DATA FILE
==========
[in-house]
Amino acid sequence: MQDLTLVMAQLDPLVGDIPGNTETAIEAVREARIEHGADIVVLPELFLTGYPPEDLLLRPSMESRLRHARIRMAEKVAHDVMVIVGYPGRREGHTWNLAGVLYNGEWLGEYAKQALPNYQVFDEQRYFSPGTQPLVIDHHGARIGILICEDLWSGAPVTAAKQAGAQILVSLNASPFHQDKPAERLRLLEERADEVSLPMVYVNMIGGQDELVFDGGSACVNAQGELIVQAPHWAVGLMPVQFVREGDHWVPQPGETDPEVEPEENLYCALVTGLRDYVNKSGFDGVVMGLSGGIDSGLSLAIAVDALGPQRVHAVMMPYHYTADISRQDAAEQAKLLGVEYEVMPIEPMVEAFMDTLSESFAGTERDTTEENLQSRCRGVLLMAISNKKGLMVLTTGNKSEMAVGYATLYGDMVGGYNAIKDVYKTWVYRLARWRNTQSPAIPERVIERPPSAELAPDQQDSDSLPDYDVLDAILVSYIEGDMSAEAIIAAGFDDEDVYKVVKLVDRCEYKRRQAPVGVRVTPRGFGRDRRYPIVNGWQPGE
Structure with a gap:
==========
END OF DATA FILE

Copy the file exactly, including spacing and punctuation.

[in-house]
Amino acid sequence: MQDLTLVMAQLDPLVGDIPGNTETAIEAVREARIEHGADIVVLPELFLTGYPPEDLLLRPSMESRLRHARIRMAEKVAHDVMVIVGYPGRREGHTWNLAGVLYNGEWLGEYAKQALPNYQVFDEQRYFSPGTQPLVIDHHGARIGILICEDLWSGAPVTAAKQAGAQILVSLNASPFHQDKPAERLRLLEERADEVSLPMVYVNMIGGQDELVFDGGSACVNAQGELIVQAPHWAVGLMPVQFVREGDHWVPQPGETDPEVEPEENLYCALVTGLRDYVNKSGFDGVVMGLSGGIDSGLSLAIAVDALGPQRVHAVMMPYHYTADISRQDAAEQAKLLGVEYEVMPIEPMVEAFMDTLSESFAGTERDTTEENLQSRCRGVLLMAISNKKGLMVLTTGNKSEMAVGYATLYGDMVGGYNAIKDVYKTWVYRLARWRNTQSPAIPERVIERPPSAELAPDQQDSDSLPDYDVLDAILVSYIEGDMSAEAIIAAGFDDEDVYKVVKLVDRCEYKRRQAPVGVRVTPRGFGRDRRYPIVNGWQPGE
Structure with a gap: